Joyful kids’ book Grandfather Emu teaches wise lessons

Ancient teachings and the Noongar language are shared in the latest children’s picture book from Boolarong Press, co-written by Aunty Rhonda Collard-Spratt and Jacki Ferro, and illustrated by Aunty Rhonda.

Yamatji-Noongar storyteller and artist Aunty Rhonda Collard-Spratt wants to bring joy and hope to children with her new children’s book, Grandfather Emu and How the Kangaroo got her Pouch.

To be published in June by Queensland’s Boolarong Press, Grandfather Emu tells the story of Grandfather Emu, also known as old Weitj, who can hardly walk or see. The book asks, of all the bush animals, who will lead old Weitj to the creek for food and water?

‘Cultural knowledge, language and the Dreaming are being acknowledged in the book.’

– Aunty Rhonda Collard-Spratt

A respected representative of the Stolen Generations, Aunty Rhonda works tirelessly with young people, helping them reconnect with their Aboriginal identity. Her lived experiences growing up on a Native Mission in remote Western Australia have informed her storytelling, and her new book teaches children important lessons about helping one another.

Taken from her family at the age of three, Aunty Rhonda learned Dreamtime stories from other Aboriginal children, her mission brothers and sisters.

‘You know, I feel proud that actually I’ve got some knowledge of Dreamtime – I don’t have it all, but I just learned from the kids I grew up with, and I’ve got a good memory. I’m 70 this year and [writing this book has] been a healing journey for me,’ she said.

The art featured in Grandfather Emu is also Aunty Rhonda’s work. Coming from a long line of storytellers, artists, and musicians, she said that, while painting, her hand was guided by her ancestors.

‘I love doing the paintings. It just all comes out from my heart and from my spirit. Nothing is planned. It’s like my ancestors are guiding me on my mother’s side. I never knew my family, yet they were all musicians and storytellers,’ she said.

‘Cultural knowledge, language and the Dreaming are being acknowledged in the book.’

Grandfather Emu incorporates terms from the Noongar language of which Aunty Rhonda is very proud.

‘All my life, I thought I was just a Yamatji woman. But then, I found out that my father was a Noongar man from the Perth area, and then I married a Noongar man and he speaks the language fluently. So I learned it off him.’

Co-Author Jacki Ferro, Co-Author and Illustrator Aunty Rhonda Collard-Spratt. Photo by Emily Kelly, and Boolarong Press.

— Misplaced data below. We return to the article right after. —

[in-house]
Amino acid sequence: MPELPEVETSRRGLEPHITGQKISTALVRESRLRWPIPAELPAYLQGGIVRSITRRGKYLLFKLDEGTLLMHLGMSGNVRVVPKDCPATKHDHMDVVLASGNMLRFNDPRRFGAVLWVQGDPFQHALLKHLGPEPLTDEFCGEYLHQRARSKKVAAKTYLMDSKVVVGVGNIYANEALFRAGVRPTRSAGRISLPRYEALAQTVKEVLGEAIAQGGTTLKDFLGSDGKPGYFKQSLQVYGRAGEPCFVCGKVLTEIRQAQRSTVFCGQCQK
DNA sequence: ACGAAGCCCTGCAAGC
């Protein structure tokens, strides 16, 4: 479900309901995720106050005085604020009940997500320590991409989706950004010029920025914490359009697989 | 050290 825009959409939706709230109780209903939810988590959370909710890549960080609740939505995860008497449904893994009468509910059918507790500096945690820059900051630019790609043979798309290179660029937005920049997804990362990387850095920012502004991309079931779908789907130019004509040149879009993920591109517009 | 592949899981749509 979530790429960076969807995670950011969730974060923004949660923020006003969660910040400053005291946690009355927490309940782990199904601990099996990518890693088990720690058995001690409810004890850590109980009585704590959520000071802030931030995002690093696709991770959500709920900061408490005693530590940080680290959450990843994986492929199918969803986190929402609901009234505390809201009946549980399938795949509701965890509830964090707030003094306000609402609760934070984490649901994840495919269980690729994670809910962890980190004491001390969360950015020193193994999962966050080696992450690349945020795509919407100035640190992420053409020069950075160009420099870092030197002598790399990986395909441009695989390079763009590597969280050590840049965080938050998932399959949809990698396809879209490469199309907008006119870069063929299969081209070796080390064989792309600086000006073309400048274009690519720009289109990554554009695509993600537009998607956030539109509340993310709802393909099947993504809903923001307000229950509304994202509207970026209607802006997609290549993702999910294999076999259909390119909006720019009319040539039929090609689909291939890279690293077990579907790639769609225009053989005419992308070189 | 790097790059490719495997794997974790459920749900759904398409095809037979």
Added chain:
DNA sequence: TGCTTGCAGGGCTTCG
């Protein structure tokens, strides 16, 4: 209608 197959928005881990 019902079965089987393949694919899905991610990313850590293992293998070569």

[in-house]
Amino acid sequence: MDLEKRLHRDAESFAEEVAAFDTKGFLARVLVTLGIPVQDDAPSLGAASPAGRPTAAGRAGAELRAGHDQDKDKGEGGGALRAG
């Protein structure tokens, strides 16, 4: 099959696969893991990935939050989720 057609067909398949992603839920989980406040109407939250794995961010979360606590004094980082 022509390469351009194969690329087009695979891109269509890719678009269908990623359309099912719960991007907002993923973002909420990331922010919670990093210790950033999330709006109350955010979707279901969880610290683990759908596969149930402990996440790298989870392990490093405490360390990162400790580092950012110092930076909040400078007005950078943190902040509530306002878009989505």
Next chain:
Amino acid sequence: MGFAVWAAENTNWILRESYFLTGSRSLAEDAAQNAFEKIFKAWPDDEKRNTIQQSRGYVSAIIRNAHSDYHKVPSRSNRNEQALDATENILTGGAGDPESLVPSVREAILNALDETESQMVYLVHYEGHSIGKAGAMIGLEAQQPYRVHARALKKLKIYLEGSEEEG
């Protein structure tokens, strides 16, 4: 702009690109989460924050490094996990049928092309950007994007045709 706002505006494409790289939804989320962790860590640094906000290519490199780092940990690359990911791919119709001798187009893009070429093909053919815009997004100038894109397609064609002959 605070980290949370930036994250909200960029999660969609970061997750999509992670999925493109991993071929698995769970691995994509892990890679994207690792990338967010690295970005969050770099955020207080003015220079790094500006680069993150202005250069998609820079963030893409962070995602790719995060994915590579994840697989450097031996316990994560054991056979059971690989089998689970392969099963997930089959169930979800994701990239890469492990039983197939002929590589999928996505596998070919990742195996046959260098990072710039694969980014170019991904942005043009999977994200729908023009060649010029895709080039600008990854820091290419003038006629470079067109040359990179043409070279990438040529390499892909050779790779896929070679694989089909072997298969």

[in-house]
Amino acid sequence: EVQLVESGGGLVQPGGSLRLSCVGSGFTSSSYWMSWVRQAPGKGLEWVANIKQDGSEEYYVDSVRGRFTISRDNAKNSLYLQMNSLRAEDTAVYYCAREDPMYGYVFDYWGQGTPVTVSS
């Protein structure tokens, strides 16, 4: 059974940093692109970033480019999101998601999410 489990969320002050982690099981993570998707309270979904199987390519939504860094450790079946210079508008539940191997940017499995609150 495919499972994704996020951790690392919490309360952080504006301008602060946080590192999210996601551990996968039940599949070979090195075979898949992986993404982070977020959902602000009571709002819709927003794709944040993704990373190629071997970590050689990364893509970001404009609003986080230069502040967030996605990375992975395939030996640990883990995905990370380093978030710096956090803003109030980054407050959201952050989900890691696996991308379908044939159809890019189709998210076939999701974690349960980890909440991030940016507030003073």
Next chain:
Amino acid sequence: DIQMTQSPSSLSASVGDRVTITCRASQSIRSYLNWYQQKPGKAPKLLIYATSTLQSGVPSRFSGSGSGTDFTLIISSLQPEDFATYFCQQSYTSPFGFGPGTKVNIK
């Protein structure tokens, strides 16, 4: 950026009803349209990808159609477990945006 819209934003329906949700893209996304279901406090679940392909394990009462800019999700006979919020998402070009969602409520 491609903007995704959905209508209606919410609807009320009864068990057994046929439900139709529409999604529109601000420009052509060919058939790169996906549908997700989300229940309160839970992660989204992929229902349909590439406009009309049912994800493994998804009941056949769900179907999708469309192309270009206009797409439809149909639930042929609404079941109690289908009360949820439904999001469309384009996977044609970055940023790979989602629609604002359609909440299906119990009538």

A collaborative effort with close friend, Brisbane writer Jacki Ferro, Grandfather Emu was envisioned during the COVID-19 pandemic.

‘We wanted the story to be positive, uplifting and fun. In 2020, everyone was so down, so we wanted to bring joy, especially to Aboriginal children, and also to families in the wider community,’ Ferro said.


Championing Australian writers since 1976, Boolarong Press has published a number of significant books about Queensland history. With over 450 titles in print, Boolarong is committed to publishing the Aboriginal history that was missing from many Australians’ education.

The classic Queensland title Tom Petrie’s Reminiscences of Early Queensland – a first-hand account of Aboriginal life in and around South-East Queensland – was published 1904 by Boolarong’s sister company, Watson Ferguson & Company.

Boolarong has republished Petrie’s book, as well as Noel Loo’s book Invasion and Resistance. Loo’s earlier bestselling book was on the life of Edi Mabo and more recently, Dr Ray Kerkhove’s books Aboriginal Campsites of Greater Brisbane and The Battle of One Tree Hill have been published, along with a revised edition of Brisbane: The Aboriginal Presence 1824-1860. In June, Boolarong will be publishing Queensland Frontier Wars, which will help more Australians understand our true history.

Children’s books have been very successful for Boolarong Press with The Outback Series by Norah Kersh in print for over 15 years. More recently, Aboriginal children’s authors such as Rhanee Tsetsakos, an Adnyamathanha woman (Walking to Corroboree), Rebbeca Chapman, a Wiradjuri woman (Bila’s Big Dance) and Uncle John Long, an Ugarapul man (The Saga of King Waa-Gun) have been telling their stories, which have been passed down for generations.

Championing Australian writers since 1976, Boolarong Press has published a number of significant books about Queensland history.

General Manager of Boolarong Press Dan Kelly said, ‘I was educated by the Christian Brothers in Queensland. I cannot recall any of my history books mentioning the Aboriginal massacres that took place throughout Queensland.’

Grandfather Emu’s publication will add to the sum of knowledge of all children living and growing up in Australia, now and in the future. Always looking to give back to the community, Boolarong Press will make a donation to the Indigenous Literacy Foundation on the purchase of every book for Grandfather Emu.

Aunty Rhonda asks children to be kind to one other. ‘We should care for people, we should be kind,’ she said.

‘Be thoughtful, and caring, and think of others. And also, it’s about caring for the animals and all other living life, and to care for Mother Earth. Respect the waterways and respect yourself. Listen to your elders with respect and hear what they say. Respect everyone around you because we all have feelings. We all hurt. We all cry salty tears, we all bleed red blood,’ she said.

‘Treat each other as you would want to be treated. That’s the real teachings, I guess, in every culture.’

Grandfather Emu (RRP $29.99) is available for pre-order and will be published on 1 June 2021 by Boolarong Press.